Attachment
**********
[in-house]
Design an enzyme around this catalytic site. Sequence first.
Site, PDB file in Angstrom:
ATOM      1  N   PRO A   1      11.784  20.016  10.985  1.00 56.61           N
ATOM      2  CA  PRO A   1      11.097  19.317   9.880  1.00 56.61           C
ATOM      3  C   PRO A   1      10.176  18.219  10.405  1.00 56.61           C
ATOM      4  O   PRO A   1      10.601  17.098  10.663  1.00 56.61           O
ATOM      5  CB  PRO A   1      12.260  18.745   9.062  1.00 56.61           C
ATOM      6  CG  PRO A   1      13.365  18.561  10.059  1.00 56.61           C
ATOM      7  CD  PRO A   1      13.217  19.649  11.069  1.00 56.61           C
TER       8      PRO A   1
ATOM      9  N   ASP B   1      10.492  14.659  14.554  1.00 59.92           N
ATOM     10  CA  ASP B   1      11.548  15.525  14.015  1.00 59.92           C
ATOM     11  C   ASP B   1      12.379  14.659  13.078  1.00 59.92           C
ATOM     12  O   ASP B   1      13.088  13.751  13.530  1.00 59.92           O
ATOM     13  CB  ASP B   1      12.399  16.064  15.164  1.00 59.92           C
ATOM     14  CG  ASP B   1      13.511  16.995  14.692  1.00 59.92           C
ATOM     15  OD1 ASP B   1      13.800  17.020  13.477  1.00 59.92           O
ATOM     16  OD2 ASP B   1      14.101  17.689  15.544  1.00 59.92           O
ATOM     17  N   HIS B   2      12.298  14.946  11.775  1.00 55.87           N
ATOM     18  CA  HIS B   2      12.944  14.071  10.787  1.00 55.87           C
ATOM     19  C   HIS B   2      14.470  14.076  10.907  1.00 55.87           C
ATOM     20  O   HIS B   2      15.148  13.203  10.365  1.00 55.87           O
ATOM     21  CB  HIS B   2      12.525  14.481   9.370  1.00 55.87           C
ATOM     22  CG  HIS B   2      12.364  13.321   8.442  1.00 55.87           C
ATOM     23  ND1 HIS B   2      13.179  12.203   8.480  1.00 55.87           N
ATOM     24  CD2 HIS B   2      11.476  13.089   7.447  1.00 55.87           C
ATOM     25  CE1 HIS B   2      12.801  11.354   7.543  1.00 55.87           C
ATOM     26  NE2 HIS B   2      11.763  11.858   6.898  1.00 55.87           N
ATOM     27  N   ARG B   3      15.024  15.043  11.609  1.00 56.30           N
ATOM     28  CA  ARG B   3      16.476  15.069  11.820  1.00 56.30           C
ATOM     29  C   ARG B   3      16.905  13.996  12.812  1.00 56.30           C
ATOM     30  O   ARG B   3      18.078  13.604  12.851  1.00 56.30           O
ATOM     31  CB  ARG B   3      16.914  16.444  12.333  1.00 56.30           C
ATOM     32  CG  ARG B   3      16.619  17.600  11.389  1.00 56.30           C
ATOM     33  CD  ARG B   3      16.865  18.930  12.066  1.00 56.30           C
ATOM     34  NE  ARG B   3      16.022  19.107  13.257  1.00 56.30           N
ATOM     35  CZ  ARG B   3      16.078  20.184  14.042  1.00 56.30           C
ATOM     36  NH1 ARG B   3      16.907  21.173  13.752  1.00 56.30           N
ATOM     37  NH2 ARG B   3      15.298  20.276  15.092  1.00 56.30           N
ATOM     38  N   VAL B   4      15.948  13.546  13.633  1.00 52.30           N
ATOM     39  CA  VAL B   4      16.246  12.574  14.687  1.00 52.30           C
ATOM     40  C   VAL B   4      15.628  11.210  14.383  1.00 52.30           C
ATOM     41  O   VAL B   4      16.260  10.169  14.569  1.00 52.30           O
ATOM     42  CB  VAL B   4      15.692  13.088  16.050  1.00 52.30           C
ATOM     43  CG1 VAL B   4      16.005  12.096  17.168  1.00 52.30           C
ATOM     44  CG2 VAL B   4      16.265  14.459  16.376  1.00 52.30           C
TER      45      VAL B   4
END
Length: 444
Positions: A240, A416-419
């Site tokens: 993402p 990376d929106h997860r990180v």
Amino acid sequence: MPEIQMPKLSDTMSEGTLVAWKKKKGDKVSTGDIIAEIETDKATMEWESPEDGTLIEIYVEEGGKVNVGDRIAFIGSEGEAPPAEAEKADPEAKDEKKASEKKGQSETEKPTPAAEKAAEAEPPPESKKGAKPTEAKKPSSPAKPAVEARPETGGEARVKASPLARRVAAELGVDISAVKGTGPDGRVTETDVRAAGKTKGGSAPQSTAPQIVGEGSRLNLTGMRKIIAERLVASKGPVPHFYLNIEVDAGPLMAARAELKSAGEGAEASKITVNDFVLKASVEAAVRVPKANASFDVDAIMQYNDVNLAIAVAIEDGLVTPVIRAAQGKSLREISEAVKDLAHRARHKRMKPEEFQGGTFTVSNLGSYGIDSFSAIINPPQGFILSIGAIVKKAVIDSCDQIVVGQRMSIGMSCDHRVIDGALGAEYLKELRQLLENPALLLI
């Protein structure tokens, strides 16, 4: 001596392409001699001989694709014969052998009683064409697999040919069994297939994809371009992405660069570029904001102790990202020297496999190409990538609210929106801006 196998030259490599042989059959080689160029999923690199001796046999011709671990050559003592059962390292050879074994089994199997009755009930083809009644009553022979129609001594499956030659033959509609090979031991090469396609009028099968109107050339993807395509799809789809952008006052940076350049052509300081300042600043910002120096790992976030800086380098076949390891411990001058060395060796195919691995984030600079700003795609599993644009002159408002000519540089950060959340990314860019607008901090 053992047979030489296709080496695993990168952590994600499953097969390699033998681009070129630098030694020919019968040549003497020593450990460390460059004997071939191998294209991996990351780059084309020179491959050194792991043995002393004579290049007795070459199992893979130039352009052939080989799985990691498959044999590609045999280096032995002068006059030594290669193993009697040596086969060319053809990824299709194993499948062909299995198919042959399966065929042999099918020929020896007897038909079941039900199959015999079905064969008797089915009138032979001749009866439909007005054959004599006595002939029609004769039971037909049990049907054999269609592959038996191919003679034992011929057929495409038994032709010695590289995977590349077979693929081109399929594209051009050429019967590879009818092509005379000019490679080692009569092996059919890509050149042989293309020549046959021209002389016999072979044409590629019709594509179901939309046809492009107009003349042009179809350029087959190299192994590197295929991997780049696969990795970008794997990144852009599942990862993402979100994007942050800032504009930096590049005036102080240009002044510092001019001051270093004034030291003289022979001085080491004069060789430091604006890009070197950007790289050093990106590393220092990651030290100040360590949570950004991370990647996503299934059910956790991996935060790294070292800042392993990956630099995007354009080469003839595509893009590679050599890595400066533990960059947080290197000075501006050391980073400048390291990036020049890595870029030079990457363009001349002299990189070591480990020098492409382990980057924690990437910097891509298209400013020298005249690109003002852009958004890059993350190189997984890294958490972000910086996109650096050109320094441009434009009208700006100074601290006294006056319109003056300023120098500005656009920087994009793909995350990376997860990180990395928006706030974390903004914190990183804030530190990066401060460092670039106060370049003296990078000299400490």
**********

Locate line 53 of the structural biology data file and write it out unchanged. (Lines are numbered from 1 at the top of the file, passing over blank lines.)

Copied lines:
Amino acid sequence: MPEIQMPKLSDTMSEGTLVAWKKKKGDKVSTGDIIAEIETDKATMEWESPEDGTLIEIYVEEGGKVNVGDRIAFIGSEGEAPPAEAEKADPEAKDEKKASEKKGQSETEKPTPAAEKAAEAEPPPESKKGAKPTEAKKPSSPAKPAVEARPETGGEARVKASPLARRVAAELGVDISAVKGTGPDGRVTETDVRAAGKTKGGSAPQSTAPQIVGEGSRLNLTGMRKIIAERLVASKGPVPHFYLNIEVDAGPLMAARAELKSAGEGAEASKITVNDFVLKASVEAAVRVPKANASFDVDAIMQYNDVNLAIAVAIEDGLVTPVIRAAQGKSLREISEAVKDLAHRARHKRMKPEEFQGGTFTVSNLGSYGIDSFSAIINPPQGFILSIGAIVKKAVIDSCDQIVVGQRMSIGMSCDHRVIDGALGAEYLKELRQLLENPALLLI